Take care of shoe marks by using warm water and a soft brush. If that doesn’t work, call the builder who installed the surface and ask for recommendations for removing shoe marks. (Many builders have a favorite home remedy they’ll be glad to share with you over the phone.)
Lee Murray of Competition Athletic Surfaces in Chattanooga, Tenn., says he takes a fair number of calls about court stains, and that he always recommends a low-risk approach. "I am often asked about using bleach and cleansers on court surfaces. I tell court owners to just use water and hose the area after scrubbing with a push broom first. "
Many serious players have designated tennis shoes, and will keep them in their locker or carry them in their bag when they come to play, then remove them when they’re done playing. Some, however, will wear their shoes from home to the court, which opens the door to tracking dirt, gravel and other particulate matter onto courts. Shoe cleaners that allow players to wipe off debris as they come in will go a long way toward helping keep courts clean.
Some clubs ask members to drag hard courts and sweep the lines after playing. It saves time for the club personnel like the pro (who can concentrate on teaching) and staff (who can concentrate on working the desk and the pro shop). It also gives players a sense of stewardship over the court, and as a result, makes them more likely to watch out for the facility as a whole. Squeegees and sponge rollers can also be left out for players on hard courts.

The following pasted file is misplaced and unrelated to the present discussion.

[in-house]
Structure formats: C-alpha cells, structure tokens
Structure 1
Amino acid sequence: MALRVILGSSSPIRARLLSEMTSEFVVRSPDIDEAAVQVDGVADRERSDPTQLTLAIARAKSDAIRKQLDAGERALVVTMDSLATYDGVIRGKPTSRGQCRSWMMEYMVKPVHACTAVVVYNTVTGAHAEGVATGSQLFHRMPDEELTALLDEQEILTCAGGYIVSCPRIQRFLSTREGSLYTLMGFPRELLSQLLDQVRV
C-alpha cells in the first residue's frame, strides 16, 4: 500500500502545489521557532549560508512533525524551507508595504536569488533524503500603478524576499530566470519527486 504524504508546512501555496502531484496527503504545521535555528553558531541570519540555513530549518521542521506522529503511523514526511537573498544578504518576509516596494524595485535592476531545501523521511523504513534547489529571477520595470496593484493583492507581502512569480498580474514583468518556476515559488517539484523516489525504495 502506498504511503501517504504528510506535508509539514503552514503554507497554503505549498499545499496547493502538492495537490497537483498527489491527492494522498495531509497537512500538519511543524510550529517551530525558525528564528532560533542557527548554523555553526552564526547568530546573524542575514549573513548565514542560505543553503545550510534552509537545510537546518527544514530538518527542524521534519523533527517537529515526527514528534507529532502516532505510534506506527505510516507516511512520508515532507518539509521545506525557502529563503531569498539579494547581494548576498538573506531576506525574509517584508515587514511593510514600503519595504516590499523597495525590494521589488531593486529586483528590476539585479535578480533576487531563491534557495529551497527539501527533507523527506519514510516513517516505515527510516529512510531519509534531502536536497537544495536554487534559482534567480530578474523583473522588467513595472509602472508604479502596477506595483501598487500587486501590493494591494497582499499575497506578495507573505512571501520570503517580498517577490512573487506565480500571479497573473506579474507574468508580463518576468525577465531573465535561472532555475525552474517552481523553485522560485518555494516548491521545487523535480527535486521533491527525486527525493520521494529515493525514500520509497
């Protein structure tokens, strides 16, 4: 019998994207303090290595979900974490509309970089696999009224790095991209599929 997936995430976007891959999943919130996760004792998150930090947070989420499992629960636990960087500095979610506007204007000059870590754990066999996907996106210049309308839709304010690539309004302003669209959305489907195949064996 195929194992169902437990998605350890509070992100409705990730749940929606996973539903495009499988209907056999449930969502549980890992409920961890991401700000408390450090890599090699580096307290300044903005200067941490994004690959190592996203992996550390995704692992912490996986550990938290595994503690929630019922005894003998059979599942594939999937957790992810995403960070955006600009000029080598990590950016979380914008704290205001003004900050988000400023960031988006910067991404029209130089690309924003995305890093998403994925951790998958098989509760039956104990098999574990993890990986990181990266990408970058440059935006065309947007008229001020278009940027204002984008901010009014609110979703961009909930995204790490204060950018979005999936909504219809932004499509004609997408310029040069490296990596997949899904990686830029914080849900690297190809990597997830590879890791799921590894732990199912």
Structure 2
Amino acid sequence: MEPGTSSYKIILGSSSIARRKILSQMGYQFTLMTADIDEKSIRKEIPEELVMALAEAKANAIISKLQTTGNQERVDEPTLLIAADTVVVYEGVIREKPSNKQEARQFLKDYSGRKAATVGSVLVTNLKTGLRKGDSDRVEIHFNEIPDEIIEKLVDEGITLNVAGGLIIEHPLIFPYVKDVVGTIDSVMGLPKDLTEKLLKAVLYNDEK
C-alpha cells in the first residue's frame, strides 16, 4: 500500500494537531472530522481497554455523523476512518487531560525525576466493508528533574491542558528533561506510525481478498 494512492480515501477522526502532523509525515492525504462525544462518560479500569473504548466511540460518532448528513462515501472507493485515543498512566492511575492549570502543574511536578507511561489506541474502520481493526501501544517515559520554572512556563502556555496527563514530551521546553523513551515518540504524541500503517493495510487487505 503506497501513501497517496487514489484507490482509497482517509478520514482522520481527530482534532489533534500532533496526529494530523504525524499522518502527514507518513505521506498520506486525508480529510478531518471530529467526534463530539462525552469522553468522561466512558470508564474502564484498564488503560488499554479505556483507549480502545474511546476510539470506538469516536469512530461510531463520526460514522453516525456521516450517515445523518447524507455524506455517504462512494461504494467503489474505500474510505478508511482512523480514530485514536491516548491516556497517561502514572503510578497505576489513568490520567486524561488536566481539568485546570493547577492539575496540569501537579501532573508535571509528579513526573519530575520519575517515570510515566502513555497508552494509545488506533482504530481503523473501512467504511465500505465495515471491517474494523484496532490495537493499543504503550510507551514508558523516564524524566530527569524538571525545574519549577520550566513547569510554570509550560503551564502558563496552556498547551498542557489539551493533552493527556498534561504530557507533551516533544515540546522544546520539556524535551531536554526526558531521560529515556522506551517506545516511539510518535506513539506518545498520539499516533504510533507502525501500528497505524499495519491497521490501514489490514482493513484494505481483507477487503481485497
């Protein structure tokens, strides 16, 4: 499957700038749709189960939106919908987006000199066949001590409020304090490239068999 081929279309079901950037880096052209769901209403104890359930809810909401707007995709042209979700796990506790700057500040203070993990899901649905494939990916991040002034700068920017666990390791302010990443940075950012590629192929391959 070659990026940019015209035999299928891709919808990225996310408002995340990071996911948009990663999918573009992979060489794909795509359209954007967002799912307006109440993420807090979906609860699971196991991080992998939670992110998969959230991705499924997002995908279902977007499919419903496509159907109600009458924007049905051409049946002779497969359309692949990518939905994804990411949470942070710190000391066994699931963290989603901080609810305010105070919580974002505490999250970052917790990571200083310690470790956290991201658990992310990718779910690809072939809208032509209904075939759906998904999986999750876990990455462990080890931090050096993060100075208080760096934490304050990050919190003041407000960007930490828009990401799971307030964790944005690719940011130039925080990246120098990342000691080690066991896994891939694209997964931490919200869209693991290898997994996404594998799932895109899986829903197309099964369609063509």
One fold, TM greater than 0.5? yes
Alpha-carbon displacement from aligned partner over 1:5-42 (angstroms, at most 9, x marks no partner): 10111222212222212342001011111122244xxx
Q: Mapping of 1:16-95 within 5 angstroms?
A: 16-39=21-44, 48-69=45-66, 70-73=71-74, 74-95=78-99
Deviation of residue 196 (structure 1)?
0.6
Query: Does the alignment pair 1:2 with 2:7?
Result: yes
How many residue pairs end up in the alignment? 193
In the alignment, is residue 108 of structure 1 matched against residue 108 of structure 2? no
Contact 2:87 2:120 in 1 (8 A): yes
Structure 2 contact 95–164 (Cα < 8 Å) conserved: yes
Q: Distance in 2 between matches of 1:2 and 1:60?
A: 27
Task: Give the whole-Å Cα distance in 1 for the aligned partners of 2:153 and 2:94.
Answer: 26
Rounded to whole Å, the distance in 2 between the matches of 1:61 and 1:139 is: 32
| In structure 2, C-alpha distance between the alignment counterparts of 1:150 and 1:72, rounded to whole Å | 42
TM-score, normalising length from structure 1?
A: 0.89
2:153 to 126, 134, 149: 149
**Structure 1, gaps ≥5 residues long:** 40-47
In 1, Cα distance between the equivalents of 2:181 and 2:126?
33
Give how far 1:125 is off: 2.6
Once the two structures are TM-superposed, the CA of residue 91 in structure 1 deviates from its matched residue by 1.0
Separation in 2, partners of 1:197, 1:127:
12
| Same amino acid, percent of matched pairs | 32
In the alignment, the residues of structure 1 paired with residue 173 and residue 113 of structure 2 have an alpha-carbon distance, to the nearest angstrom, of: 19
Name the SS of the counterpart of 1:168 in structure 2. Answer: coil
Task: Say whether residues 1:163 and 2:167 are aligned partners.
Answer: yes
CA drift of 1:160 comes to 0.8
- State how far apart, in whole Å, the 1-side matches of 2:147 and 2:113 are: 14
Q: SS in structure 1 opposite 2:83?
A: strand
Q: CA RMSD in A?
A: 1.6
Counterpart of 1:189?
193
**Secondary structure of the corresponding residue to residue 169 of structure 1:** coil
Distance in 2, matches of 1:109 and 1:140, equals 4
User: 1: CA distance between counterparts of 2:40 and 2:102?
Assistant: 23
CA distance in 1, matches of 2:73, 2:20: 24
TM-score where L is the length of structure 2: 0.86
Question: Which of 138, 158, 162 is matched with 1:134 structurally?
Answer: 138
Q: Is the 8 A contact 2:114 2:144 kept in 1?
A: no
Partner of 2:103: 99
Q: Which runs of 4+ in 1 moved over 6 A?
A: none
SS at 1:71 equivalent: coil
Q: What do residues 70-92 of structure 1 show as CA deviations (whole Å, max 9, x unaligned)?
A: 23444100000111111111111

As a precaution, instructions should be posted for use, and new players should be given a quick lesson on how to use equipment so as not to damage it or the court surface.
Ask players to let you know if they see anything wrong on the courts, including the surface, nets, posts, fence, divider curtains and more. The more you encourage them, and thank them for their input, the more active an interest they’ll take in helping to keep the facility looking nice.
And a Few ‘Don’ts’…
Keep in mind, there are certain things you shouldn’t do to your courts or facility, but rather let a qualified court builder handle. What shouldn’t you do?
- Fill cracks. "Sometimes a court owner will try to save some money by filling the cracks on their court. Often they will use a product not intended for filling cracks on a recreational surface which might cause tracking of oils across the court and possibly poor adhesion,” says Marsden.
- Touch up court lines. If the playing lines look faded, call in a pro who can re-line your courts, and possibly add markings for 10 and Under Tennis while he’s at it. There’s nothing worse than a botched do-it-yourself line job — which can ultimately result in costly corrective work.
- Try to paint over marks, stains, etc. on the court with leftover surfacing product. Your court will wind up having a patchy, freckled appearance.
See all articles by Mary Helen Sprecher
About the Author
Mary Helen Sprecher is the managing editor of Sports Destinations Management Magazine, a niche business-to-business publication for planners of sports travel events, in addition to being an RSI Contributing Editor. She is the technical writer for the American Sports Builders Association and works as a newspaper reporter in Baltimore City.